EL PASO, Texas - A push to raise the smoking age to 21 in Texas is gaining support on both sides of the political aisle.
Richmond Republican and physician Rep. John Zerwas told the Dallas Morning News Tuesday, "We can move this bill forward."
Rep. Donna Howard, D-Austin; Sen. Joan Huffman, R-Houston; and Sen. Carlos Uresti, D-San Antonio, all plan to file similar bills. Uresti has championed similar legislation in the past.
"If we can discourage smoking at the age of 18, taking it all the way to 21, then you're definitely improving quality of life," said Dr. Andres Enriquez, of the Franklin Medical Center in El Paso. Raising the legal smoking age will have "tremendous health advantages," Enriquez added.
The Department of State Health Services released a report that calculated the cost savings of reducing birth complications caused by smoking, such as low birth weights.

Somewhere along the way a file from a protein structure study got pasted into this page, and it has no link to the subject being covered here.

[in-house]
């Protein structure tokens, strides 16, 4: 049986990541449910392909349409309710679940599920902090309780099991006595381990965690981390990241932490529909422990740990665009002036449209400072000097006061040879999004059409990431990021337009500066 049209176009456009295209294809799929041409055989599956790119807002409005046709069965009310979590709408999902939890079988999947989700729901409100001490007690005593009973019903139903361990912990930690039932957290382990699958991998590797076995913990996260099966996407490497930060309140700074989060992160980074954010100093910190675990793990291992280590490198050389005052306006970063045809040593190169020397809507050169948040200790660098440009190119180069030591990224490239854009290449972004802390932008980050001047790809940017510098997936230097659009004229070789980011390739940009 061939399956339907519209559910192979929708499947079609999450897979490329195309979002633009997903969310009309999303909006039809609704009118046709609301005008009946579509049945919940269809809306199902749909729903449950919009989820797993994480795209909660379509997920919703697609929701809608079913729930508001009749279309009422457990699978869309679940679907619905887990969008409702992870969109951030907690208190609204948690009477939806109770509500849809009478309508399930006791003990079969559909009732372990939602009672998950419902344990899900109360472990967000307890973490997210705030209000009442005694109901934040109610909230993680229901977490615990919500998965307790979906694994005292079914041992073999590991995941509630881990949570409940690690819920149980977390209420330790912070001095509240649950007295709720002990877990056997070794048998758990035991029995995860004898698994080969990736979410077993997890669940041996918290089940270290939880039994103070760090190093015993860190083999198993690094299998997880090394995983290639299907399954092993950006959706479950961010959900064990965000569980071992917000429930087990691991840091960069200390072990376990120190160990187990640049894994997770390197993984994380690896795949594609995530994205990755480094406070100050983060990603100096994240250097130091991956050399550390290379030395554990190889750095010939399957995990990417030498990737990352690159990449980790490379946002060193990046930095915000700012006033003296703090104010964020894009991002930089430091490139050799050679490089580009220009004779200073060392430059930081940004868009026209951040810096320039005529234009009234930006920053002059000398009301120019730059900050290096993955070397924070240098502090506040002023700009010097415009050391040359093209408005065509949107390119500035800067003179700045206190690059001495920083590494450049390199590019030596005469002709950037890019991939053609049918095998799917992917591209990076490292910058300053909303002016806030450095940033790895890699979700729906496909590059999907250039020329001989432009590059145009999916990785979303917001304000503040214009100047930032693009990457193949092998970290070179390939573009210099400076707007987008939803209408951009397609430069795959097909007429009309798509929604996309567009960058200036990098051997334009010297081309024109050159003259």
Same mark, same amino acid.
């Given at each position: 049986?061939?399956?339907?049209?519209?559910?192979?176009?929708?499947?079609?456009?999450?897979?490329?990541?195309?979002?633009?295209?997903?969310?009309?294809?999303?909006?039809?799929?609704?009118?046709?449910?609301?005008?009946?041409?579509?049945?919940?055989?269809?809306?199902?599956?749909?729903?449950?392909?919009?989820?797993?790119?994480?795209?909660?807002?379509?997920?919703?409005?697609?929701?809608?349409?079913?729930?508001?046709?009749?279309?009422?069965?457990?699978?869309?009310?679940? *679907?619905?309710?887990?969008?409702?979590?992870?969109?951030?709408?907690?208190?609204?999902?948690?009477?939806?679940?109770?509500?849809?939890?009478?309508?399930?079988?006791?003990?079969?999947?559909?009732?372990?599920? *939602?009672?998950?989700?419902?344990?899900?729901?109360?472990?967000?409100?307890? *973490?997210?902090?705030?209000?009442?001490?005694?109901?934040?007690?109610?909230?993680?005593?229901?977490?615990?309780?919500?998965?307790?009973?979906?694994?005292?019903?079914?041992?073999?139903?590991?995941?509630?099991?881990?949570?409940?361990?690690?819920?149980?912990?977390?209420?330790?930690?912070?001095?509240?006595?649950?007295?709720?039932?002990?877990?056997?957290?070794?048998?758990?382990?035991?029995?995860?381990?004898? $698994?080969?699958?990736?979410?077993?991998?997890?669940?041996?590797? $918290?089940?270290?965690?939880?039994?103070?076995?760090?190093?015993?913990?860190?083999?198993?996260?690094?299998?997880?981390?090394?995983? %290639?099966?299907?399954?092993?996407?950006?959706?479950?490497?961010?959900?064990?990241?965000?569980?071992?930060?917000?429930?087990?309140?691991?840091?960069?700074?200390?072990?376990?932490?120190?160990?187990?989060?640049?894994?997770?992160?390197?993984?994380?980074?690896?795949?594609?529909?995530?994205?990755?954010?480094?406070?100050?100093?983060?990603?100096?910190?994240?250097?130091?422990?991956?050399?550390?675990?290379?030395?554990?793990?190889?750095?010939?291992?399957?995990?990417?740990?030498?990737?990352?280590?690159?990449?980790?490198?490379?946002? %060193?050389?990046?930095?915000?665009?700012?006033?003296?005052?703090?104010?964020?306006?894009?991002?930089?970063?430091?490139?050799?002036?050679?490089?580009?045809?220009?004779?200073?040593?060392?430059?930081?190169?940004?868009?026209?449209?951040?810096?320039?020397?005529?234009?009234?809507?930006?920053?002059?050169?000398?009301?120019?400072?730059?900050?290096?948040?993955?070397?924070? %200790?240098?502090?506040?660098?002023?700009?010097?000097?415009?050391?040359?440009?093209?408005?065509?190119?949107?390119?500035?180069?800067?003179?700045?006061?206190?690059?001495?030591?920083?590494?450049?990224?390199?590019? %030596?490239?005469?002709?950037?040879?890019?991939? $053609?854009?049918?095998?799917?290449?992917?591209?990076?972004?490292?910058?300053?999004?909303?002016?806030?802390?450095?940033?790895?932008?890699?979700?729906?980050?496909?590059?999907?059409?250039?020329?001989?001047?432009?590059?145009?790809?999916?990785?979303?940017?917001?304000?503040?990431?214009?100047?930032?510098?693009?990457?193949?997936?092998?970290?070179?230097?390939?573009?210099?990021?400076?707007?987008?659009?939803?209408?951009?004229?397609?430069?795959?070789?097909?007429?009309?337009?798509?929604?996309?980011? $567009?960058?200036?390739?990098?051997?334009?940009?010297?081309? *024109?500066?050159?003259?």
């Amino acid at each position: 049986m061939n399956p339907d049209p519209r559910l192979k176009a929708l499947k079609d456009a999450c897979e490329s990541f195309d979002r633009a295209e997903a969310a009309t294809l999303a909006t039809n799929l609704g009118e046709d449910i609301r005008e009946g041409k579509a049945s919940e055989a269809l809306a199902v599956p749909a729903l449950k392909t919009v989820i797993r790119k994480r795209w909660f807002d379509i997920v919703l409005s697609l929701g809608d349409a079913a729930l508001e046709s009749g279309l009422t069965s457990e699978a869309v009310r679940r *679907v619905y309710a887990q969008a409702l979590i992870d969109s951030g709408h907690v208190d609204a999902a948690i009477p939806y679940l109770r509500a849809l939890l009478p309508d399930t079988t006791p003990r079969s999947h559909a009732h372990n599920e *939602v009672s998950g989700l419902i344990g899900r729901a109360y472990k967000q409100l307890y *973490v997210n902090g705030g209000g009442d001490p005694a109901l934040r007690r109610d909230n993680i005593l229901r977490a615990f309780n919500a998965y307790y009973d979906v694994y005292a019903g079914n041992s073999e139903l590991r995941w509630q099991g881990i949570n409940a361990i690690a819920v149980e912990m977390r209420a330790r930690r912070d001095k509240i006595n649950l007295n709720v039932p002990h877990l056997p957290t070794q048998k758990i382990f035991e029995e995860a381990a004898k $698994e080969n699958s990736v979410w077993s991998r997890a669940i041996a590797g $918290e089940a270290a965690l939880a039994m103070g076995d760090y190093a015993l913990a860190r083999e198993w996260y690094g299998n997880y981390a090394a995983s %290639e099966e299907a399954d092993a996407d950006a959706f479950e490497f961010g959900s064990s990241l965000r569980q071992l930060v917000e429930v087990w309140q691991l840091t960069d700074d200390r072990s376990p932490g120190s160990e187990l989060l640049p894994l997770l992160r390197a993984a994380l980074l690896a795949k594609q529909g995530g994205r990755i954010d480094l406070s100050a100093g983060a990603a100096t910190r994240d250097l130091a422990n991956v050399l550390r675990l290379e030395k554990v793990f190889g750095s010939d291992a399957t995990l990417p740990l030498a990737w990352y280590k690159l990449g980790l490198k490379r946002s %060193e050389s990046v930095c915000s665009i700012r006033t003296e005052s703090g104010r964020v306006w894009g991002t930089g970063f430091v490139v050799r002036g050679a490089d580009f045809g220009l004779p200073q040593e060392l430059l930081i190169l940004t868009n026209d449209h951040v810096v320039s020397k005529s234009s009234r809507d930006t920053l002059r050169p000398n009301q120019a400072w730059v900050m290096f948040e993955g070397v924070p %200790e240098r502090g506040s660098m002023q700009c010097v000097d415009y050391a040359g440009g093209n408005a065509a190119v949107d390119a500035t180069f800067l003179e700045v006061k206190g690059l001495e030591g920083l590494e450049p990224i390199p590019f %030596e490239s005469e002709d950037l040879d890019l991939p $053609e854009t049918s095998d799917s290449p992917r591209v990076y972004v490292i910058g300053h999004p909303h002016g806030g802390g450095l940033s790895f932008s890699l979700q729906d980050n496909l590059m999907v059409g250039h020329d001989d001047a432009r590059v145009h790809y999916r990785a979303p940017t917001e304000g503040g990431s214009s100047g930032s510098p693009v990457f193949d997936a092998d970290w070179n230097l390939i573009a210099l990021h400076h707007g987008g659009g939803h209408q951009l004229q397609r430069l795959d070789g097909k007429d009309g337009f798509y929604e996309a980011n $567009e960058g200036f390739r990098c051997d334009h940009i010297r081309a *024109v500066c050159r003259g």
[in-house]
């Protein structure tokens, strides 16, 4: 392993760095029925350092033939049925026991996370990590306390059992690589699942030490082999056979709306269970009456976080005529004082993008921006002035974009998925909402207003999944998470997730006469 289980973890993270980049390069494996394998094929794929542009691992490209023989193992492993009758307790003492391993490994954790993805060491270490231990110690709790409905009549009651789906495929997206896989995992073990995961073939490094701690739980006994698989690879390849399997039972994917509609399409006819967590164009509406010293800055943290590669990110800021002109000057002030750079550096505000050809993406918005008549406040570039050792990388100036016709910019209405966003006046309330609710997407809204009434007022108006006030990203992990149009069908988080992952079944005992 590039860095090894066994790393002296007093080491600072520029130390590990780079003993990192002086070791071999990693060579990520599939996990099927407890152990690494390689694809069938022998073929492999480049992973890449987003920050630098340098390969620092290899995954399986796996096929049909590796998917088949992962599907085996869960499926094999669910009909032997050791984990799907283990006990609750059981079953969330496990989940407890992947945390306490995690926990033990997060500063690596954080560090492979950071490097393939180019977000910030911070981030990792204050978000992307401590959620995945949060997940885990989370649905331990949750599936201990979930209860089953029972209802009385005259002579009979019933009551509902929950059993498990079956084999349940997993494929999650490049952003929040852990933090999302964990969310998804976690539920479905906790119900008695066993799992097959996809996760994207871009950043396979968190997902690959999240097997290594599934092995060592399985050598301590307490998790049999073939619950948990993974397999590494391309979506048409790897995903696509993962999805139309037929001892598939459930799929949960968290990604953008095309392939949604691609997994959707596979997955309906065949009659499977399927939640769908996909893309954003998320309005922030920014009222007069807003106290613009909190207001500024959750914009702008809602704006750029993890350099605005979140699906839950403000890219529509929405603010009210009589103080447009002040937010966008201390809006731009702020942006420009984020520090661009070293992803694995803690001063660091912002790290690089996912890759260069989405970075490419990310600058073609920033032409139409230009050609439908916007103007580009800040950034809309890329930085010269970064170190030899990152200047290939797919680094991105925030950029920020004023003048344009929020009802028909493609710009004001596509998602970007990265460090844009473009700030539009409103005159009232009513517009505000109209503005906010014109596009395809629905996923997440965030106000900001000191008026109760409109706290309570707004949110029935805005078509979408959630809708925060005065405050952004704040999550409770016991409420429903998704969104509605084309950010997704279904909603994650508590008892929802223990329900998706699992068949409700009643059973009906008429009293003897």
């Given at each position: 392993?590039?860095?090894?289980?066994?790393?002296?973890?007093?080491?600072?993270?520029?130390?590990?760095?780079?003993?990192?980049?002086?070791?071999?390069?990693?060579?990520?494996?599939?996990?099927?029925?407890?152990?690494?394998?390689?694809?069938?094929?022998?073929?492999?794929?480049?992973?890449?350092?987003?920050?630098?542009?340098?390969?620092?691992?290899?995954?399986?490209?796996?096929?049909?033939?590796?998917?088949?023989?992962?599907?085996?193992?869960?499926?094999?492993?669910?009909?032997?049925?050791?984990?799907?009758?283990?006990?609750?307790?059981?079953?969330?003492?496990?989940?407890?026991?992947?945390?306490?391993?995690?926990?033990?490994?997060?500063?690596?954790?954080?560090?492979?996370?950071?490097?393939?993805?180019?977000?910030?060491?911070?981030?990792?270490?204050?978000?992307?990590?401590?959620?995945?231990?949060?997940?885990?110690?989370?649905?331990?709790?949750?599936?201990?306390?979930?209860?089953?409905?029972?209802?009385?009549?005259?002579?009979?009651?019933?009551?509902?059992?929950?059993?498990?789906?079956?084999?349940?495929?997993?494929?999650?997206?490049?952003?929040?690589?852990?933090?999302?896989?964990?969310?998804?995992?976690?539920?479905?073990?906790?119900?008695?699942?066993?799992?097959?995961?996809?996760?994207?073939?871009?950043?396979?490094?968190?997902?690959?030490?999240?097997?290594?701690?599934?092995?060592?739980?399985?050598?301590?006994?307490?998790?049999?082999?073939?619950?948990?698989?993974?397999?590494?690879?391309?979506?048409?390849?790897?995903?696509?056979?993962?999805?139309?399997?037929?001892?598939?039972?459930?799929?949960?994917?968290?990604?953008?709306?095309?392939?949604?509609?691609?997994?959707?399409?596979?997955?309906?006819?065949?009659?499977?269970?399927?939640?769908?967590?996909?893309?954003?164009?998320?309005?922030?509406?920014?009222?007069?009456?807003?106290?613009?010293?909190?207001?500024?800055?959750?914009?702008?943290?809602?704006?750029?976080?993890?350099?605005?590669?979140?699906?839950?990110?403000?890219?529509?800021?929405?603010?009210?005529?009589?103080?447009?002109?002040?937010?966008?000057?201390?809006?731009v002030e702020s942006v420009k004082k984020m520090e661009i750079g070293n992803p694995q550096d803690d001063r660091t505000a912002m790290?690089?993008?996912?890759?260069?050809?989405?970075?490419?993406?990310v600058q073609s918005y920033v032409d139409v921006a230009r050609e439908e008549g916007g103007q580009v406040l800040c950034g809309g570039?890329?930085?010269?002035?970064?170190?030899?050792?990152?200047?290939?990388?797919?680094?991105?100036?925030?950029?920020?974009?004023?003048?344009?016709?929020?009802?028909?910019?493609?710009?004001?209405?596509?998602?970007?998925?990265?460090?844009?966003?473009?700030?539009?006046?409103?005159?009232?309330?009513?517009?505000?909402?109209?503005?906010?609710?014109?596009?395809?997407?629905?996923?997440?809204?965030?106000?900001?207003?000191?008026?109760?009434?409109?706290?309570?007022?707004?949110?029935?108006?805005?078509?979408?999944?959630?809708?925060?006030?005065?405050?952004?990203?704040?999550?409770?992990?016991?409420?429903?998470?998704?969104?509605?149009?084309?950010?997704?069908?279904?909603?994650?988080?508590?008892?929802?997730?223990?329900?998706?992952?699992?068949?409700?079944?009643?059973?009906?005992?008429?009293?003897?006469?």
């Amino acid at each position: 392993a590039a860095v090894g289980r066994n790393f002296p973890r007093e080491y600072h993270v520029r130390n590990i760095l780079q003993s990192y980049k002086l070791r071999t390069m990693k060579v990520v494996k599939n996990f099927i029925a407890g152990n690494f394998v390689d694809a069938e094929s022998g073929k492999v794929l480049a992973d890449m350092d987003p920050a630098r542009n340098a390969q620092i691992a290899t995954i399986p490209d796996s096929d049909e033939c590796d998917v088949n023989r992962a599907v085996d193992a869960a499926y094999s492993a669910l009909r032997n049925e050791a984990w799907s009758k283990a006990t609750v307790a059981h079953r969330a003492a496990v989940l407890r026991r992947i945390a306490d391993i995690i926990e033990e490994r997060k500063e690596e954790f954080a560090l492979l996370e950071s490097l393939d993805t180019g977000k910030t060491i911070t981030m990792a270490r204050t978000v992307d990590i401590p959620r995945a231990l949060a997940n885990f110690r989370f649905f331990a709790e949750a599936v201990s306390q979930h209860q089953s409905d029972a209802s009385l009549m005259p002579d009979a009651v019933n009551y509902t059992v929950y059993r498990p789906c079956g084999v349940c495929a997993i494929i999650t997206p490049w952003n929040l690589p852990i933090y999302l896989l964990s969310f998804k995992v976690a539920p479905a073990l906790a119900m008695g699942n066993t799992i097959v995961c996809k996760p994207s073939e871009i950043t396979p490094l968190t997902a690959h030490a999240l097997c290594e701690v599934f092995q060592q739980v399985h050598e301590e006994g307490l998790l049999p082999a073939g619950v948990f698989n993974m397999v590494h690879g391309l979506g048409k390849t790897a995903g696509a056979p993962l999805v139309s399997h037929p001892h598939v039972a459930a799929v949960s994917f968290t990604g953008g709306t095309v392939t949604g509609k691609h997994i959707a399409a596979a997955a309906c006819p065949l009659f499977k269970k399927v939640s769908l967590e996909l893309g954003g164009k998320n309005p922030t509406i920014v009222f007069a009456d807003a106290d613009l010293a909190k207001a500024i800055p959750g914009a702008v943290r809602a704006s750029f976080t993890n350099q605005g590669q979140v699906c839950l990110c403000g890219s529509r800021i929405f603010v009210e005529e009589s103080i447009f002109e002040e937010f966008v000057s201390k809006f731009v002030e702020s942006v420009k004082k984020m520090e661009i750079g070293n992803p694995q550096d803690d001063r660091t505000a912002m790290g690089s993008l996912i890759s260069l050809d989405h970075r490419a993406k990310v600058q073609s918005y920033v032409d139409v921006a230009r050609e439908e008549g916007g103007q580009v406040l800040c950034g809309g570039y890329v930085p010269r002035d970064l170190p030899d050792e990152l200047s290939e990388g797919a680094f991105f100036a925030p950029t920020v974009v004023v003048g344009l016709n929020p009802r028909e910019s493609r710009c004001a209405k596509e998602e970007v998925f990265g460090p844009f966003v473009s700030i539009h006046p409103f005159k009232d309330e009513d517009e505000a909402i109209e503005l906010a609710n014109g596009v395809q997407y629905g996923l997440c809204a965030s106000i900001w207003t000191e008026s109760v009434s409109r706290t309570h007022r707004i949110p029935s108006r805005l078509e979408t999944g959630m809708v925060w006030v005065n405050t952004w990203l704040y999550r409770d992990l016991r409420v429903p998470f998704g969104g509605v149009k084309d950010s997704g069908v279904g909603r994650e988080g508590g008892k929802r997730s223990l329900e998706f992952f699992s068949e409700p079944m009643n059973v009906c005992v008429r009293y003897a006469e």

Data from the fiscal note filed for SB 313, similar legislation backed by Sen. Uresti, shows that over five years, the State of Texas would have saved $406,295,932, in addition to preventing 1,374 pre-term births and 2,346 "low birth weights."
Stretch that to 25 years, and the Department of Health services hikes the saving to $5,595,181,610.
Dr. Enriquez said Texas is "at the forefront of everything," and health should be included.
To some, imposing restrictions on people who are legally adults may appear to be at odds with our personal freedoms. Justin Barnes, 26, said the current smoking age seems fine to him. "Eighteen is a good age because, I mean, people know the risks," said Barnes.
April Dominguez, 22, told ABC 7 restricting something, doesn't always work. "They'll find a way to get the cigarette no matter what," said Dominguez.